I'm wondering if decrypting with a wrong key is the same a encrypting in a different way.

For example if I encrypt the message "hello" with Caesar cipher with key = 3 it will give the message "khoor" but if I decrypt it with key = 2 the result will be "ifmmp". So we can say, decrypting a message encrypted with Cesar cypher will be the same as encrypting the encrypted message with -wrongKey.

But in a general way, if I decrypt a message with a wrong key, do I encrypt the encrypted message in a different way?

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    $\begingroup$ In general no. Decryption with a different key can fail, result in some output that is a valid ciphertext or result in an output that is not in fact a valid ciphertext. It depends on the encryption scheme and its security guarantees. $\endgroup$
    – Maeher
    Commented Dec 1, 2020 at 13:13
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    $\begingroup$ Do you have in mind an algorithm that can fail? And how does the decrypter can know if the result is good or no if it doesn't know the key or the good result? $\endgroup$ Commented Dec 1, 2020 at 13:26
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    $\begingroup$ Any AEAD will return a failure code if the incorrect key is used, and not release any decryption results. AEADs are the recommended way to do almost all encryption. $\endgroup$ Commented Dec 1, 2020 at 15:34
  • $\begingroup$ Take any authenticated encryption scheme and sample two keys independently and uniformly at random. Choose a random message and encrypt it under the first key. INT-CTXT security guarantees that decryption with the second key will fail with overwhelming probability. $\endgroup$
    – Maeher
    Commented Dec 1, 2020 at 15:34
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    $\begingroup$ @SAIPeregrinus as was just pointed out to me by SqueamishOssifrage in chat, that is not quite correct. For many AEAD it's perfectly possible to find a ciphertext and pairs of keys, such that the ciphertext is valid under both. However, it can of course still fail and will if the keys and encrypted message are chosen independently. $\endgroup$
    – Maeher
    Commented Dec 1, 2020 at 15:37

2 Answers 2


In general this is a moot point, as modern encryption schemes are designed so that the recipient knows if they have used the correct key or not. It is an interesting question to ask about encryption primitives, like a block cipher. Put more precisely, you are asking whether there is always a $k_3$ such that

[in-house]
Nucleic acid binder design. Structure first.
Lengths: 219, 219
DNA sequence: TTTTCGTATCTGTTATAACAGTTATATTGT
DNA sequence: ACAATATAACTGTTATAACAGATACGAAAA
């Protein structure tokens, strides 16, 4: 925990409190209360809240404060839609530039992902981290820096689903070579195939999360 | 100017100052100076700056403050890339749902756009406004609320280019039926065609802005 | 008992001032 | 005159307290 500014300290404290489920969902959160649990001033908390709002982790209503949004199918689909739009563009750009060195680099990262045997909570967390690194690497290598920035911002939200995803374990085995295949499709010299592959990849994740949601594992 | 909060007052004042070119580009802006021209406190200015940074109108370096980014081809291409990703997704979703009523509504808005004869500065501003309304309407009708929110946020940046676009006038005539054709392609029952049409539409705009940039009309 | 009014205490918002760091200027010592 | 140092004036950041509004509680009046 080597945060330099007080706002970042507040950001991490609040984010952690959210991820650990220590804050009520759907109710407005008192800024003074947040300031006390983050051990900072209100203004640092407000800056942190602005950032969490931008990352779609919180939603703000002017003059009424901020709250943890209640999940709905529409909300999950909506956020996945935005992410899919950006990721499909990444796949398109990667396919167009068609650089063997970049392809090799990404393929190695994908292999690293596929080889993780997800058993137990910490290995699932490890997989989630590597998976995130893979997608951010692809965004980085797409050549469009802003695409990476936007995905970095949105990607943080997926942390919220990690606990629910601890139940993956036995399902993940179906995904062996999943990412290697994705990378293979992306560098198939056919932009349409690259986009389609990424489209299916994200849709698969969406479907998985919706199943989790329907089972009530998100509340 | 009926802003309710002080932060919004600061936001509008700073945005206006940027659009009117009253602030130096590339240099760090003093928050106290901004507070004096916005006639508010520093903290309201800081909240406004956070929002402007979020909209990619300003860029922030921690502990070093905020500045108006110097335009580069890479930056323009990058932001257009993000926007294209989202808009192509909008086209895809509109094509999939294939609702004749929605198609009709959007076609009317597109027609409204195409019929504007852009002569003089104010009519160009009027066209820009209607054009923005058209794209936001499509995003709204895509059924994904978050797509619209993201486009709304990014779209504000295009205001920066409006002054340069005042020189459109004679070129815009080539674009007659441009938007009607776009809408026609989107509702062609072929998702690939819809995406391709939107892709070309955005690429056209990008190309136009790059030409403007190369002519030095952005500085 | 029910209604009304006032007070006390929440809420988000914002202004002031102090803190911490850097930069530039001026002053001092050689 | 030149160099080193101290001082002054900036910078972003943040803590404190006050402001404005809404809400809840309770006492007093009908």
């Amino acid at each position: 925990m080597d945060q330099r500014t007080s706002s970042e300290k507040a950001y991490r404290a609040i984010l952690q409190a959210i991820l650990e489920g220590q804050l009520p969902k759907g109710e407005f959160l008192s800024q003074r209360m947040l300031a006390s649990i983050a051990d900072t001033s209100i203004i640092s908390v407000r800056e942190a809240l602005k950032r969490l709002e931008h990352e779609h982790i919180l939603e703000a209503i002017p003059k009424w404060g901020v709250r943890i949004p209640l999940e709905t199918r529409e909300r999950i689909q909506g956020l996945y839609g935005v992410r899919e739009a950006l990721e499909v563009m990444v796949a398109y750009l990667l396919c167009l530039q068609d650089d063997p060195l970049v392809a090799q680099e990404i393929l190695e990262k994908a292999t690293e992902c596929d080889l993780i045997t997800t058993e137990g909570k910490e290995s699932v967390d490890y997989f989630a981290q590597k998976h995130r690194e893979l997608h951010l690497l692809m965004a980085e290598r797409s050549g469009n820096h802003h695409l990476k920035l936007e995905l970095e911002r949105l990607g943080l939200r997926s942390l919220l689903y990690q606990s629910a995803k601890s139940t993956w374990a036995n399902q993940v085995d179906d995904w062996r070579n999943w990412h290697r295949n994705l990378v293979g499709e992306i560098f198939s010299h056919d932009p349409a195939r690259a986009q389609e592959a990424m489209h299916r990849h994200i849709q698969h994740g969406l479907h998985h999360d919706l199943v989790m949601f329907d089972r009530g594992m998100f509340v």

$D_{k_2}(E_{k_1}) = E_{k_3}$

This is essentially asking if encryption forms a group, and in general the answer is no. See e.g. Is Triple-DES a group?. There are notable exceptions. You've seen that Caesar cipher is one, and Vigenere is another.

  • $\begingroup$ The paper linked is very interesting: link.springer.com/chapter/10.1007/3-540-48071-4_36 $\endgroup$
    – ambiso
    Commented Dec 2, 2020 at 10:42
  • $\begingroup$ Do you know of any modern symmetric ciphers that form a group? $\endgroup$
    – ambiso
    Commented Dec 2, 2020 at 10:43
  • $\begingroup$ How many iterations would be required to form a group? i.e. if I not only include $\mathrm{Enc}_{k_1}$ in my set of permutations but also $\mathrm{Enc}_{k_2} \circ \mathrm{Enc}_{k_1}$, or in general $\mathrm{Enc}_{k_n} \circ \dots \circ \mathrm{Enc}_{k_2} \circ \mathrm{Enc}_{k_1}$ - what is the smallest $n$ such that the set of permutations forms a group? $\endgroup$
    – ambiso
    Commented Dec 2, 2020 at 10:46
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    $\begingroup$ @cisnjxqu Why is double encryption that's equivalent to single encryption no better than single encryption? also, the Pohlig-Hellman cipher has the double encryption property. $\endgroup$
    – kelalaka
    Commented Dec 2, 2020 at 19:48
  • $\begingroup$ @cisnjxqu I believe there's no reason to think that any modern cipher forms a group, but it's hard to prove either way. $\endgroup$
    – bmm6o
    Commented Dec 3, 2020 at 17:47

Generally, as mentioned in the comments, if you use an authenticated cipher with an independently chosen key, then decryption will fail with very high likelihood, and can therefore not be considered encryption. It's the same thing basically with padded modes such as CBC. If you'd use it with padding then the decryption will fail with high probability (although once in ~256 is not as high as you would expect with an authenticated cipher).

On the other hand, with CTR mode and most stream ciphers, encryption = decryption by definition (XOR of a key stream with the plaintext / ciphertext). And for block ciphers (which, by themselves, are not semantically secure), you can use them in both directions. In that case yes, your premise is correct. Note that this answer disregards how the nonce or IV is handled (it can e.g. be established out of band).

I'll not go into asymmetric ciphers much; lets us please agree that encryption with a private key is usually not possible.

So it entirely depends on the cipher scheme.

  • $\begingroup$ Well, with CTR mode the ciphertext should include a nonce. Depending on how exactly this is encoded, this nonce is either missing after decryption, or your ciphertext has become shorter. $\endgroup$
    – Maeher
    Commented Dec 1, 2020 at 23:21
  • $\begingroup$ Comments are not for extended discussion; this conversation has been moved to chat. $\endgroup$
    – Maarten Bodewes
    Commented Dec 2, 2020 at 8:32

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